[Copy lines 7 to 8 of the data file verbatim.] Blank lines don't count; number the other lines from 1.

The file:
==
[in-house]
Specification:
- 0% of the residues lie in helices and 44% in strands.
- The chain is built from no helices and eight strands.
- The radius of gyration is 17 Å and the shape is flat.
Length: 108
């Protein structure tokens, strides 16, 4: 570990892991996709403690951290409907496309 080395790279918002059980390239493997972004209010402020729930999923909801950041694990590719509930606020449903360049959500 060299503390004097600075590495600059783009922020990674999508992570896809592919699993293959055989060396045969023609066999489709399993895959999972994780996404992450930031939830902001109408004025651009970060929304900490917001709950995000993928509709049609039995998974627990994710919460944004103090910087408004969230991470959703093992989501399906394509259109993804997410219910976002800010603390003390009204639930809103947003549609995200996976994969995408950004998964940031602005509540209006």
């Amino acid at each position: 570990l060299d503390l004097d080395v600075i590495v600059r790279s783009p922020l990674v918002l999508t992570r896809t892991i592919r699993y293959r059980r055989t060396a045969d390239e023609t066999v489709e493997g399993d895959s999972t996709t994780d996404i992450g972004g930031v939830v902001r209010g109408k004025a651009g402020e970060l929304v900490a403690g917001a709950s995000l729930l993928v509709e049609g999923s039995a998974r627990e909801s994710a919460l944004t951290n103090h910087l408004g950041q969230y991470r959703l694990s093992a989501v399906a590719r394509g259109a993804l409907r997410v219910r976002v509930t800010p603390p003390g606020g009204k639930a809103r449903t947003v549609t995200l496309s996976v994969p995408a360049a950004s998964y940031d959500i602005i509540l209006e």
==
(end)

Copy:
């Protein structure tokens, strides 16, 4: 570990892991996709403690951290409907496309 080395790279918002059980390239493997972004209010402020729930999923909801950041694990590719509930606020449903360049959500 060299503390004097600075590495600059783009922020990674999508992570896809592919699993293959055989060396045969023609066999489709399993895959999972994780996404992450930031939830902001109408004025651009970060929304900490917001709950995000993928509709049609039995998974627990994710919460944004103090910087408004969230991470959703093992989501399906394509259109993804997410219910976002800010603390003390009204639930809103947003549609995200996976994969995408950004998964940031602005509540209006």
């Amino acid at each position: 570990l060299d503390l004097d080395v600075i590495v600059r790279s783009p922020l990674v918002l999508t992570r896809t892991i592919r699993y293959r059980r055989t060396a045969d390239e023609t066999v489709e493997g399993d895959s999972t996709t994780d996404i992450g972004g930031v939830v902001r209010g109408k004025a651009g402020e970060l929304v900490a403690g917001a709950s995000l729930l993928v509709e049609g999923s039995a998974r627990e909801s994710a919460l944004t951290n103090h910087l408004g950041q969230y991470r959703l694990s093992a989501v399906a590719r394509g259109a993804l409907r997410v219910r976002v509930t800010p603390p003390g606020g009204k639930a809103r449903t947003v549609t995200l496309s996976v994969p995408a360049a950004s998964y940031d959500i602005i509540l209006e």